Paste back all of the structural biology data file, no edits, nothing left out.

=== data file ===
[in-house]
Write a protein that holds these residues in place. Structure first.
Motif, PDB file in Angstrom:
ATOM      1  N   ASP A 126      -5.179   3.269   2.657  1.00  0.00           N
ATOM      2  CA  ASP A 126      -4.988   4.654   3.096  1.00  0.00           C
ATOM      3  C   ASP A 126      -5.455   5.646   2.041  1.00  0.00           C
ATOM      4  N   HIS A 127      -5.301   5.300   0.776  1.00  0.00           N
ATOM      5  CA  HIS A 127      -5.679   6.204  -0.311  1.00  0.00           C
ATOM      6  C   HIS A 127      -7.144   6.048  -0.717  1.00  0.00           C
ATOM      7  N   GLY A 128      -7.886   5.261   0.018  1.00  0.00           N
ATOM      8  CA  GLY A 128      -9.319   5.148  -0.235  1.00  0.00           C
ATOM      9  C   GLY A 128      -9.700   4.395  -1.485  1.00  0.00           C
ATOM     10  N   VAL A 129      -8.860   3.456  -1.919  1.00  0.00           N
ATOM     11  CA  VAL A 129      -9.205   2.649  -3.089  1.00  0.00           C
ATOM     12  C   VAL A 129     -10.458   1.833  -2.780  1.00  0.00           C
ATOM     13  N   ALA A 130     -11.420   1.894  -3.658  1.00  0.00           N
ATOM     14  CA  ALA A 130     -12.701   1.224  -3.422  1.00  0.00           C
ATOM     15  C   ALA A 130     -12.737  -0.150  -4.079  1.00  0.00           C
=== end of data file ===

[in-house]
Write a protein that holds these residues in place. Structure first.
Motif, PDB file in Angstrom:
ATOM      1  N   ASP A 126      -5.179   3.269   2.657  1.00  0.00           N
ATOM      2  CA  ASP A 126      -4.988   4.654   3.096  1.00  0.00           C
ATOM      3  C   ASP A 126      -5.455   5.646   2.041  1.00  0.00           C
ATOM      4  N   HIS A 127      -5.301   5.300   0.776  1.00  0.00           N
ATOM      5  CA  HIS A 127      -5.679   6.204  -0.311  1.00  0.00           C
ATOM      6  C   HIS A 127      -7.144   6.048  -0.717  1.00  0.00           C
ATOM      7  N   GLY A 128      -7.886   5.261   0.018  1.00  0.00           N
ATOM      8  CA  GLY A 128      -9.319   5.148  -0.235  1.00  0.00           C
ATOM      9  C   GLY A 128      -9.700   4.395  -1.485  1.00  0.00           C
ATOM     10  N   VAL A 129      -8.860   3.456  -1.919  1.00  0.00           N
ATOM     11  CA  VAL A 129      -9.205   2.649  -3.089  1.00  0.00           C
ATOM     12  C   VAL A 129     -10.458   1.833  -2.780  1.00  0.00           C
ATOM     13  N   ALA A 130     -11.420   1.894  -3.658  1.00  0.00           N
ATOM     14  CA  ALA A 130     -12.701   1.224  -3.422  1.00  0.00           C
ATOM     15  C   ALA A 130     -12.737  -0.150  -4.079  1.00  0.00           C